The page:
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New Zealand's Burning — The Settlers' World in the Mid 1880s

10 Patterns

10 Patterns

1 For the key role of clocks in the modernising process see R.D. Brown, Modernization: The Transformation of American Life, 1600–1865, New York, 1976, pp. 134–5.

2 The daily and weekly work patterns of New Zealand settler women were much like those of early 20th-century American farm women as described in Joan M. Jensen, With These Hands; Women Working on the Land, New York, 1981, pp. 161–5.

3 AJHR, 1881, E-1B, p. 13.

4 Fernand Braudel, The Identity of France Volume II: People and Production, London, 1990, pp. 139–40.

5 Rollo Arnold, ‘The Village and the Globe: Aspects of the Social Origins of Schooling in Victorian New Zealand’, ANZHES Journal, 5, 2, 1976, pp. 1–12.

6 Hummer (Wagga), 10/9/1892.

7 Daniel J. Boorstin, The Americans: The National Experience, New York, 1965, passim. See especially Chapter 10 (pp. 6572).

8 Budget and Taranaki Weekly Herald (New Plymouth), 30/4/1892, p. 9.

9 For this aspect of Otago's education history see J.D.S. Mckenzie, ‘Local Authority and Educational Development: A page 295 Study of The Otago Education Board from 1877 to 1899’, PhD thesis, University of Otago, 1973, pp. 29–33, 50, 62–3, 125–39.

10 A. Dorset to Mrs Wilkinson, 17/4/1884, Wellington Education Board, Outward Letters, EBW 1/10, National Archives of N.Z.

11 J.C. Dakin, ‘The prevalence of mutual improvement in adult education in New Zealand 1870–1915’, International Journal of Lifelong Education, 10, 3, July-Sept. 1991, pp. 243–54.

12 See e.g. Rollo Arnold, ‘The Australasian Peoples and their World, 1888–1915’, in Keith Sinclair, ed., Tasman Relations, Auckland, 1987, pp. 52–70.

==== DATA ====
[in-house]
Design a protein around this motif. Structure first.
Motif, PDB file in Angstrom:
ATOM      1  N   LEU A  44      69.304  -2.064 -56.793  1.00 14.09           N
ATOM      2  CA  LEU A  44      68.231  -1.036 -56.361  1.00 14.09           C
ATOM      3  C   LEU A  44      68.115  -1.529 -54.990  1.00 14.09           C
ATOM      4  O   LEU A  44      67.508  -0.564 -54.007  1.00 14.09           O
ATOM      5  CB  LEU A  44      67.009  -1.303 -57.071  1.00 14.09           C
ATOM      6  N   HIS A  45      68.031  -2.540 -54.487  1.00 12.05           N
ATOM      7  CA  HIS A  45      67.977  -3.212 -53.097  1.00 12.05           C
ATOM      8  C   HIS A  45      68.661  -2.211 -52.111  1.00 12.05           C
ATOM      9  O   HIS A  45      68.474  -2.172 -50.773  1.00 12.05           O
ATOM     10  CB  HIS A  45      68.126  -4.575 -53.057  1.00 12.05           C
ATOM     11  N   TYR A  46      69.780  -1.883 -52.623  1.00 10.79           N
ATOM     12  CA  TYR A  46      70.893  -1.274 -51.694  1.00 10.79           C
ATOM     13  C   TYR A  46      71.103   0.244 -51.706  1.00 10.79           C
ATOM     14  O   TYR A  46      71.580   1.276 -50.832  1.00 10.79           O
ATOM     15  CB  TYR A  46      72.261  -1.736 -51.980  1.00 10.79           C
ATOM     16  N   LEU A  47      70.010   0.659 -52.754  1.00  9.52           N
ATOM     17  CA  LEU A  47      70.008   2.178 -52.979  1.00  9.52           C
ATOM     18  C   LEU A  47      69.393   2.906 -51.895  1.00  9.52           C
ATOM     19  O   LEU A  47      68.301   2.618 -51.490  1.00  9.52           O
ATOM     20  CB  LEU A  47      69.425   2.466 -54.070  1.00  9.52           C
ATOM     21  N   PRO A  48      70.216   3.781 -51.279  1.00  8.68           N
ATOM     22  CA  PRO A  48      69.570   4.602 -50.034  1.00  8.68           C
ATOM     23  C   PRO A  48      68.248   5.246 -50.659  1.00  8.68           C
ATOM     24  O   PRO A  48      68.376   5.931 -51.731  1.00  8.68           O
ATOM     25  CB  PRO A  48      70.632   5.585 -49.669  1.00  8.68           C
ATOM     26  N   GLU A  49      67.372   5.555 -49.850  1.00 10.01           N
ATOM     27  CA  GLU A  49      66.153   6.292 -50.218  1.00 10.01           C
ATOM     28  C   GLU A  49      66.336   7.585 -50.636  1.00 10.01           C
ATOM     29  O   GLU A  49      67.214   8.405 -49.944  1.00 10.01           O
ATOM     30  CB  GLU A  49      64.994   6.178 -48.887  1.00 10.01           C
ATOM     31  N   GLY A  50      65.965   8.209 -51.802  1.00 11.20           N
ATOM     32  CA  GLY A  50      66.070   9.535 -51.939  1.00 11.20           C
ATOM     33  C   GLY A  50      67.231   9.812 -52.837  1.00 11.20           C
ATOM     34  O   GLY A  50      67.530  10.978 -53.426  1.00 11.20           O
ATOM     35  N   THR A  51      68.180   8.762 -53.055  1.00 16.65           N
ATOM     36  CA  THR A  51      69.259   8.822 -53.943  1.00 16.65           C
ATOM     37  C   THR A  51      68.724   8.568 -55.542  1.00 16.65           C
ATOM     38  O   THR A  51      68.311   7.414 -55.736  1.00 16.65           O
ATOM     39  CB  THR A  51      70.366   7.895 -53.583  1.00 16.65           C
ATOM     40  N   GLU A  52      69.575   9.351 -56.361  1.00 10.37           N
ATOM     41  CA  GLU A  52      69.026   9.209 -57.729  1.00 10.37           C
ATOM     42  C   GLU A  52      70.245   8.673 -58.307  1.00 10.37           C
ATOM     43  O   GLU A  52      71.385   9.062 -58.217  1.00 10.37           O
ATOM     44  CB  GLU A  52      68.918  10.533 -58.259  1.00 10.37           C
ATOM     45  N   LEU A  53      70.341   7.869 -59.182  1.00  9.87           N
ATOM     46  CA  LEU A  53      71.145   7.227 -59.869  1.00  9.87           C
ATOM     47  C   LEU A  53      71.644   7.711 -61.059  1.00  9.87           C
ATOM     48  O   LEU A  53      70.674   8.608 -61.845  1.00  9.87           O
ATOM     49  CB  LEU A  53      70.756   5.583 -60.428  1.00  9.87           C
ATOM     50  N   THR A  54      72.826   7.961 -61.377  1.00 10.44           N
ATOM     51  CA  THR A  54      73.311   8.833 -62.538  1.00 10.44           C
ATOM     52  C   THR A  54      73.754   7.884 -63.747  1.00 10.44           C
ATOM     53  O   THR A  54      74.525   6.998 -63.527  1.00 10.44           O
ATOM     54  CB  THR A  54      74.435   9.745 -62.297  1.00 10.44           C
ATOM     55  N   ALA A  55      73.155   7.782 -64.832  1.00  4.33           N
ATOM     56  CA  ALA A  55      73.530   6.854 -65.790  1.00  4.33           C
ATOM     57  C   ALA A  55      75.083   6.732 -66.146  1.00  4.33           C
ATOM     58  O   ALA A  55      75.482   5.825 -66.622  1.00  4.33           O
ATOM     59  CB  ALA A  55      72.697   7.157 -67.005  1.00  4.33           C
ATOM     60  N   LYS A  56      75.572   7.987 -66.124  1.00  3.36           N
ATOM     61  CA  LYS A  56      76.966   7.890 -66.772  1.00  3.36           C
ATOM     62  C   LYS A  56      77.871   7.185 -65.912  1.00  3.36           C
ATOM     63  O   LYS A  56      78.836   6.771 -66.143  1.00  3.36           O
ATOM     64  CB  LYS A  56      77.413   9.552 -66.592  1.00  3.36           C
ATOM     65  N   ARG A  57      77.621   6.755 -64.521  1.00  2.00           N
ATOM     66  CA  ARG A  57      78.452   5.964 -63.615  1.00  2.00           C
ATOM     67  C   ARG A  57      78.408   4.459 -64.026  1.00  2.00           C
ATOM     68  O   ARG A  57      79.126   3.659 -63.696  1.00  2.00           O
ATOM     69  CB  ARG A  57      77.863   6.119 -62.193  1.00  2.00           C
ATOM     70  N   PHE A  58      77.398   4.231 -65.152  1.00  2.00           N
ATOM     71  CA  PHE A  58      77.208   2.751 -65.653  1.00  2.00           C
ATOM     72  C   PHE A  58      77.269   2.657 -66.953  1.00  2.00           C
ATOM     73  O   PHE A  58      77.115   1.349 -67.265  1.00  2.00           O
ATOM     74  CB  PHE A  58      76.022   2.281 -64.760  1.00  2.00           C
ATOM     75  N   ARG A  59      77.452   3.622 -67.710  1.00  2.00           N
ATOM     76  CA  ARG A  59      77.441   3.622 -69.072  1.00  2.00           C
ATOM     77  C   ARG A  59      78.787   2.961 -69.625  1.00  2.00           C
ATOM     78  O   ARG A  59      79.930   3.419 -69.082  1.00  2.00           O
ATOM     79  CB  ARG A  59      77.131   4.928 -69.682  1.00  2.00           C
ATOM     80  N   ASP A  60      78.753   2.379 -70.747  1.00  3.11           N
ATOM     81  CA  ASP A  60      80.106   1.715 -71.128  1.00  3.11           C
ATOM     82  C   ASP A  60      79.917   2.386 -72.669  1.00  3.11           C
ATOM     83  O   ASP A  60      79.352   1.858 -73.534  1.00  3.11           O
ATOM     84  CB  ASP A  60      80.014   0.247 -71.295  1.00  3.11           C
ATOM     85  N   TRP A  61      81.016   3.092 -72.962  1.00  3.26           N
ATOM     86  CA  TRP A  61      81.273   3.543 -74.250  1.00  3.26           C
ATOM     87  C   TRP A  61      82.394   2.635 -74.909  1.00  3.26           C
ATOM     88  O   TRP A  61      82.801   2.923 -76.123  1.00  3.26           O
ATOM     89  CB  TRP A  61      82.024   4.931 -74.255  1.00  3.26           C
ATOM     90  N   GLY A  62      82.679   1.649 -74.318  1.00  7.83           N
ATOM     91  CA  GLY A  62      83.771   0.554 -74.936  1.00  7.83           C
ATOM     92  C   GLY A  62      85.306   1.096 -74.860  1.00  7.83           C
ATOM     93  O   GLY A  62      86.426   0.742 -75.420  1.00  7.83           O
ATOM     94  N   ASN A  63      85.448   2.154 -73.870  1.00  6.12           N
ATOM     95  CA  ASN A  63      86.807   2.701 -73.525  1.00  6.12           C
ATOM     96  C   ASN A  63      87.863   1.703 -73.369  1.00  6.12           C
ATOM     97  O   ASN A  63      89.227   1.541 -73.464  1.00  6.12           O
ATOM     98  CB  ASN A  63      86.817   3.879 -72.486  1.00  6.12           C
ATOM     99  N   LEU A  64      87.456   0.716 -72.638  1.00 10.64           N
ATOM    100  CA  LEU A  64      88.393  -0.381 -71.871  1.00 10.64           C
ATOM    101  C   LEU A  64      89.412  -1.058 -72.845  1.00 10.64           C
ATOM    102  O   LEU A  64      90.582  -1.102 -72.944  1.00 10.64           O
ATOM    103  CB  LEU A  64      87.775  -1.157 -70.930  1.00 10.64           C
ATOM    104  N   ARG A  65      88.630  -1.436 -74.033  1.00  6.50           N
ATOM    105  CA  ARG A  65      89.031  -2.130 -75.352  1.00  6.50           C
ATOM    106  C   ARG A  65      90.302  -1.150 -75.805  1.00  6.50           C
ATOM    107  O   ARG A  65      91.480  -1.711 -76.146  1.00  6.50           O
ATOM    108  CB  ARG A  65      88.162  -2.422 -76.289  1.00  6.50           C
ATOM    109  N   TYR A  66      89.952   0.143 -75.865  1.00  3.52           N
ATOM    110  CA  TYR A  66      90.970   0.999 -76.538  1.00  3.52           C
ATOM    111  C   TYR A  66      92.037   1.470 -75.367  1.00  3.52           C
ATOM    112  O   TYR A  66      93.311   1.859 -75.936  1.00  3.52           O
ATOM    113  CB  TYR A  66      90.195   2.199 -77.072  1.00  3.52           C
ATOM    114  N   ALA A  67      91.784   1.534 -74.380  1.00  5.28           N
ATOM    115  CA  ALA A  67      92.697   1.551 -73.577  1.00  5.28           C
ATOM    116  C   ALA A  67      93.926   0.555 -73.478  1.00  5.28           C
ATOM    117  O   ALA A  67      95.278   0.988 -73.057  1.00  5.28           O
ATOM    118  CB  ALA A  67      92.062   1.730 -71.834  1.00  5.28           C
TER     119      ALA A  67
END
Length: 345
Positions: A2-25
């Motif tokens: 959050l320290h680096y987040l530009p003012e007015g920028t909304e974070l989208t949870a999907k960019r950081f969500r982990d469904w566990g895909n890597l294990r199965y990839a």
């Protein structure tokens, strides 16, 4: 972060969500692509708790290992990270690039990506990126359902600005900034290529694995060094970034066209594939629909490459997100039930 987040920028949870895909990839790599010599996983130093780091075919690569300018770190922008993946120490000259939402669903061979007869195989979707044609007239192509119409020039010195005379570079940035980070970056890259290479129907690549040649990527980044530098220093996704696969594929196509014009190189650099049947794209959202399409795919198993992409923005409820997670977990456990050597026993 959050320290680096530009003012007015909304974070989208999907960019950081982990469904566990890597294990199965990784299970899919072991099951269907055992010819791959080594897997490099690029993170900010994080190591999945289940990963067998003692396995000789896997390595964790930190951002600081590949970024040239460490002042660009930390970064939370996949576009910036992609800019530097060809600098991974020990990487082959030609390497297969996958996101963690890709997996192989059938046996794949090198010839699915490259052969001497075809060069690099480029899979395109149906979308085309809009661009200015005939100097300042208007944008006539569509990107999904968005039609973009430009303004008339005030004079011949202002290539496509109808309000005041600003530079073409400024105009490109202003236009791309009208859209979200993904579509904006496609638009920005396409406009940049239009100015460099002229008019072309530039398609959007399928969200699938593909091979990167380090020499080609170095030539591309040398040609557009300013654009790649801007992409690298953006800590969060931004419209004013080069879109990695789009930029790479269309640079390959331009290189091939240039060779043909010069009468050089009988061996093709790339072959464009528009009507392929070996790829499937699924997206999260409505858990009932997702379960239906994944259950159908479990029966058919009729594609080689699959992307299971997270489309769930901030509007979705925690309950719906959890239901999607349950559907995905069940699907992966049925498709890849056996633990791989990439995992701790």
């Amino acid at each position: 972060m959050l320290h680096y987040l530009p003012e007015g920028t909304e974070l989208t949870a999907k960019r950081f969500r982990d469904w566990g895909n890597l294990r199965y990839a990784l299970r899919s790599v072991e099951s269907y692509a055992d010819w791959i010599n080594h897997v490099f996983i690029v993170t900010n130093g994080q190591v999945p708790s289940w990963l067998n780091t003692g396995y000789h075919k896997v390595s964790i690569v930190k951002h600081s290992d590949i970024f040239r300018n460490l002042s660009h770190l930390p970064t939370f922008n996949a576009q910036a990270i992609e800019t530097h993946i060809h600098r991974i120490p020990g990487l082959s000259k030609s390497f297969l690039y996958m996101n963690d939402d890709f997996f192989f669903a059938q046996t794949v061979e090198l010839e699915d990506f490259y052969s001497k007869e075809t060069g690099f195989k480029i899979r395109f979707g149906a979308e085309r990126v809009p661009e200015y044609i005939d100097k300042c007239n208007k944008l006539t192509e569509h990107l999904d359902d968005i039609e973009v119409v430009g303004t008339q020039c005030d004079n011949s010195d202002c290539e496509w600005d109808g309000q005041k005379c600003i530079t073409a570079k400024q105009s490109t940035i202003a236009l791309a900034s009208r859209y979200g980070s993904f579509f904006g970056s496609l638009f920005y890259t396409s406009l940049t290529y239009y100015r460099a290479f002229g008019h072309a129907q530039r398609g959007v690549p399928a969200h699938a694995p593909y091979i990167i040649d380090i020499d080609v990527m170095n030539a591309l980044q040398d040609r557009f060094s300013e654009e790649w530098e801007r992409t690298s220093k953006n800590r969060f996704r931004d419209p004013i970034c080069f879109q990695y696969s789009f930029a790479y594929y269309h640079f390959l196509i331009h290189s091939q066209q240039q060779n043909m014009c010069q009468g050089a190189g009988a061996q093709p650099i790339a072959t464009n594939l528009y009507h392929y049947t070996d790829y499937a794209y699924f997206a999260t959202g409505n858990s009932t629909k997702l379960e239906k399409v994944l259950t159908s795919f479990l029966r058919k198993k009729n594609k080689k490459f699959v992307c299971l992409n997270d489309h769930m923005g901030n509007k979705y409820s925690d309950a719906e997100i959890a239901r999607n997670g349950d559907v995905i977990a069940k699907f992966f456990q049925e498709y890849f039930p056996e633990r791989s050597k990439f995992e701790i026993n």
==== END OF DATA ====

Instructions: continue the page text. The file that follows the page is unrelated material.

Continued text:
13 Maurice Keen, English Society in the later Middle Ages 1348–1500, London, 1990.

14 [J.D. Wickham], Ramblings by A Tramp, Auckland, 1888, p. 17.

15 TH, 9/1/1886.

16 R.T. McKenzie & A. Silver, Angels in Marble Working Class Conservatives in Urban England, London, 1968.

17 For Trimble in the role of pseudo-squire see Arnold, ‘Opening of the Great Bush’, p. 321.

18 Jefferson citations from A.W. Griswold, ‘The Agrarian Democracy of Thomas Jefferson’, American Political Science Review, 40, 4, Aug. 1946, pp. 667–8.

19 NZJH, 9, 1, April 1975, pp. 3–21.

20 For a good overview with a survey of the literature see Claire Toynbee, ‘Class and Social Structure in Nineteenth-Century New Zealand’, NZJH, 13, 1, April 1979, pp. 65–82.

21 Claire Toynbee, ‘Class and Mobility in Nineteenth Century Wellington: An Exploratory Study of Immigrants arriving 1840–1880’, MA thesis, VUW, 1979, pp. 8, 166–7.

22 Roberta Nicholls, ‘Elite Society in Victorian and Edwardian Wellington’, in The Making of Wellington 1800—1914, ed. D. Hamer and R. Nicholls, Wellington, 1990, p. 195.

23 Ibid.

24 G. Crossick, ‘The Emergence of the Lower Middle Class in Britain: A Discussion’ in G. Crossick, ed., The Lower Middle Class in Britain 1870–1914, London, 1977, pp. 21–5.

25 Charles Erasmus, In Search of the Common Good: Utopian Experiments Past and Future, New York, 1977.

26 Rollo Arnold, ‘Community in Rural Victorian New Zealand’, NZJH, 24, 1, April 1990, pp. 3–21

27 Richard Titmuss, The Gift Relationship: from Human Blood to Social Policy, London, 1970.